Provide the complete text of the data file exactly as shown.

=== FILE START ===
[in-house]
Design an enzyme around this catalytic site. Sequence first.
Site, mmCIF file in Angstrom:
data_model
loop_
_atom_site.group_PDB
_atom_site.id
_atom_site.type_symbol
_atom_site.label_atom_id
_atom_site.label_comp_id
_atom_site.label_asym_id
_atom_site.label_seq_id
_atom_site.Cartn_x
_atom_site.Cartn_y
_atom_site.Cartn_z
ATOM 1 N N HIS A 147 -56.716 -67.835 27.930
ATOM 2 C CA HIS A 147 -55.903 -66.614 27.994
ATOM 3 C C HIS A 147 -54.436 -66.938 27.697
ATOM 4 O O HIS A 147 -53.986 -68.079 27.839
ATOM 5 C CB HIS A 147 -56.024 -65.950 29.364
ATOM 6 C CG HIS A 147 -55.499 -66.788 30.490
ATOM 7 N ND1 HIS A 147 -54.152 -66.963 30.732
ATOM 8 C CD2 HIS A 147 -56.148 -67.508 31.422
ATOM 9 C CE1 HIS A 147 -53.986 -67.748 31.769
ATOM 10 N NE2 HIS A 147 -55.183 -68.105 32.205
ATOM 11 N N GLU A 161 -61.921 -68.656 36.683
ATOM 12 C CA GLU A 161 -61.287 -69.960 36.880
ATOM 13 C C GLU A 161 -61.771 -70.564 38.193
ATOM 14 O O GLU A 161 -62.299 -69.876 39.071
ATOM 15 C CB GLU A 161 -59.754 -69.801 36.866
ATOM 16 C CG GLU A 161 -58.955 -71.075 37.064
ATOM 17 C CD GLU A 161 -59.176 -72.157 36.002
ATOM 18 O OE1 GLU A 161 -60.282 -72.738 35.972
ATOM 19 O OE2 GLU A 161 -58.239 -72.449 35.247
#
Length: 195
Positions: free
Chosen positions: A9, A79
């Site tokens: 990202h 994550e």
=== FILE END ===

[in-house]
Design an enzyme around this catalytic site. Sequence first.
Site, mmCIF file in Angstrom:
data_model
loop_
_atom_site.group_PDB
_atom_site.id
_atom_site.type_symbol
_atom_site.label_atom_id
_atom_site.label_comp_id
_atom_site.label_asym_id
_atom_site.label_seq_id
_atom_site.Cartn_x
_atom_site.Cartn_y
_atom_site.Cartn_z
ATOM 1 N N HIS A 147 -56.716 -67.835 27.930
ATOM 2 C CA HIS A 147 -55.903 -66.614 27.994
ATOM 3 C C HIS A 147 -54.436 -66.938 27.697
ATOM 4 O O HIS A 147 -53.986 -68.079 27.839
ATOM 5 C CB HIS A 147 -56.024 -65.950 29.364
ATOM 6 C CG HIS A 147 -55.499 -66.788 30.490
ATOM 7 N ND1 HIS A 147 -54.152 -66.963 30.732
ATOM 8 C CD2 HIS A 147 -56.148 -67.508 31.422
ATOM 9 C CE1 HIS A 147 -53.986 -67.748 31.769
ATOM 10 N NE2 HIS A 147 -55.183 -68.105 32.205
ATOM 11 N N GLU A 161 -61.921 -68.656 36.683
ATOM 12 C CA GLU A 161 -61.287 -69.960 36.880
ATOM 13 C C GLU A 161 -61.771 -70.564 38.193
ATOM 14 O O GLU A 161 -62.299 -69.876 39.071
ATOM 15 C CB GLU A 161 -59.754 -69.801 36.866
ATOM 16 C CG GLU A 161 -58.955 -71.075 37.064
ATOM 17 C CD GLU A 161 -59.176 -72.157 36.002
ATOM 18 O OE1 GLU A 161 -60.282 -72.738 35.972
ATOM 19 O OE2 GLU A 161 -58.239 -72.449 35.247
#
Length: 195
Positions: free
Chosen positions: A9, A79
């Site tokens: 990202h 994550e």